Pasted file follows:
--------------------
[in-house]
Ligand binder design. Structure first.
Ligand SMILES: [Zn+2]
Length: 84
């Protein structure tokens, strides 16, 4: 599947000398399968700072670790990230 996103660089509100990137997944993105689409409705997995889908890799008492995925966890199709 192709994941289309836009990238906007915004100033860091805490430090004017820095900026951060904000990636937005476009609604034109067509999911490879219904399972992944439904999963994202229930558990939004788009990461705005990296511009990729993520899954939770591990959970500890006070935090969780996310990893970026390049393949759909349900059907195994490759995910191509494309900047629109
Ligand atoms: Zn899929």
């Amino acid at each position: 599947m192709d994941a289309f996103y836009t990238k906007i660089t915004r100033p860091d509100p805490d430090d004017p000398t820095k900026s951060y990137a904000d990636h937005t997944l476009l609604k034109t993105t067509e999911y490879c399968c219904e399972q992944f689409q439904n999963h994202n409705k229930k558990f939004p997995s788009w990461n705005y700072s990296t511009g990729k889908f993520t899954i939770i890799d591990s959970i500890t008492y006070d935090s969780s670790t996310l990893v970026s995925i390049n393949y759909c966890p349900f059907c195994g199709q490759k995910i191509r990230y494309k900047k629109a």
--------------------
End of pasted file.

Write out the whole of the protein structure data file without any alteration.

[in-house]
Ligand binder design. Structure first.
Ligand SMILES: [Zn+2]
Length: 84
């Protein structure tokens, strides 16, 4: 599947000398399968700072670790990230 996103660089509100990137997944993105689409409705997995889908890799008492995925966890199709 192709994941289309836009990238906007915004100033860091805490430090004017820095900026951060904000990636937005476009609604034109067509999911490879219904399972992944439904999963994202229930558990939004788009990461705005990296511009990729993520899954939770591990959970500890006070935090969780996310990893970026390049393949759909349900059907195994490759995910191509494309900047629109
Ligand atoms: Zn899929």
């Amino acid at each position: 599947m192709d994941a289309f996103y836009t990238k906007i660089t915004r100033p860091d509100p805490d430090d004017p000398t820095k900026s951060y990137a904000d990636h937005t997944l476009l609604k034109t993105t067509e999911y490879c399968c219904e399972q992944f689409q439904n999963h994202n409705k229930k558990f939004p997995s788009w990461n705005y700072s990296t511009g990729k889908f993520t899954i939770i890799d591990s959970i500890t008492y006070d935090s969780s670790t996310l990893v970026s995925i390049n393949y759909c966890p349900f059907c195994g199709q490759k995910i191509r990230y494309k900047k629109a």